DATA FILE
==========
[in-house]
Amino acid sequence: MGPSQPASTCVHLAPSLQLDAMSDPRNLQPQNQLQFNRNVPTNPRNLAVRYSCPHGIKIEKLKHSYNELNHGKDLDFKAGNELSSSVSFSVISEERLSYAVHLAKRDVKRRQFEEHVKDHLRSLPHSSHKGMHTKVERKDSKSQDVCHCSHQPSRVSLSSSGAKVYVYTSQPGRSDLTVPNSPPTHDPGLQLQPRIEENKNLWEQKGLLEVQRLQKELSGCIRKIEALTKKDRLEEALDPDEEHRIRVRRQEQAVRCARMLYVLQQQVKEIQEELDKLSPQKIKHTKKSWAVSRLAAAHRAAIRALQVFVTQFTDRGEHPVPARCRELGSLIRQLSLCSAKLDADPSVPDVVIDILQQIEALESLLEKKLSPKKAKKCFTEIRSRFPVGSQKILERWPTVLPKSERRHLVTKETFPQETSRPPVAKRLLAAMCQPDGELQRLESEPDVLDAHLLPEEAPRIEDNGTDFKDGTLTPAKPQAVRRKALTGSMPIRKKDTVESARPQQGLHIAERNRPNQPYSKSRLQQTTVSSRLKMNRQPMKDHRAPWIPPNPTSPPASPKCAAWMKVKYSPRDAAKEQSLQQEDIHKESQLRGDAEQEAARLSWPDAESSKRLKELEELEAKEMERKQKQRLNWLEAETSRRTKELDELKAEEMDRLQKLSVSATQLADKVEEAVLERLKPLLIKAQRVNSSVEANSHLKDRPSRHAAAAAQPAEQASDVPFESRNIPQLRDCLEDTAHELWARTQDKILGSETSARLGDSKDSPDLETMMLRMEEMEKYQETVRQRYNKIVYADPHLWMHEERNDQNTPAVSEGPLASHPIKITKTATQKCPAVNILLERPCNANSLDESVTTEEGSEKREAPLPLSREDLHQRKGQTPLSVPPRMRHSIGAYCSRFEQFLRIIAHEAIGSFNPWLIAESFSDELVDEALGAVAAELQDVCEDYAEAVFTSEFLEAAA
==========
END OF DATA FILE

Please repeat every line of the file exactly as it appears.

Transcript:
[in-house]
Amino acid sequence: MGPSQPASTCVHLAPSLQLDAMSDPRNLQPQNQLQFNRNVPTNPRNLAVRYSCPHGIKIEKLKHSYNELNHGKDLDFKAGNELSSSVSFSVISEERLSYAVHLAKRDVKRRQFEEHVKDHLRSLPHSSHKGMHTKVERKDSKSQDVCHCSHQPSRVSLSSSGAKVYVYTSQPGRSDLTVPNSPPTHDPGLQLQPRIEENKNLWEQKGLLEVQRLQKELSGCIRKIEALTKKDRLEEALDPDEEHRIRVRRQEQAVRCARMLYVLQQQVKEIQEELDKLSPQKIKHTKKSWAVSRLAAAHRAAIRALQVFVTQFTDRGEHPVPARCRELGSLIRQLSLCSAKLDADPSVPDVVIDILQQIEALESLLEKKLSPKKAKKCFTEIRSRFPVGSQKILERWPTVLPKSERRHLVTKETFPQETSRPPVAKRLLAAMCQPDGELQRLESEPDVLDAHLLPEEAPRIEDNGTDFKDGTLTPAKPQAVRRKALTGSMPIRKKDTVESARPQQGLHIAERNRPNQPYSKSRLQQTTVSSRLKMNRQPMKDHRAPWIPPNPTSPPASPKCAAWMKVKYSPRDAAKEQSLQQEDIHKESQLRGDAEQEAARLSWPDAESSKRLKELEELEAKEMERKQKQRLNWLEAETSRRTKELDELKAEEMDRLQKLSVSATQLADKVEEAVLERLKPLLIKAQRVNSSVEANSHLKDRPSRHAAAAAQPAEQASDVPFESRNIPQLRDCLEDTAHELWARTQDKILGSETSARLGDSKDSPDLETMMLRMEEMEKYQETVRQRYNKIVYADPHLWMHEERNDQNTPAVSEGPLASHPIKITKTATQKCPAVNILLERPCNANSLDESVTTEEGSEKREAPLPLSREDLHQRKGQTPLSVPPRMRHSIGAYCSRFEQFLRIIAHEAIGSFNPWLIAESFSDELVDEALGAVAAELQDVCEDYAEAVFTSEFLEAAA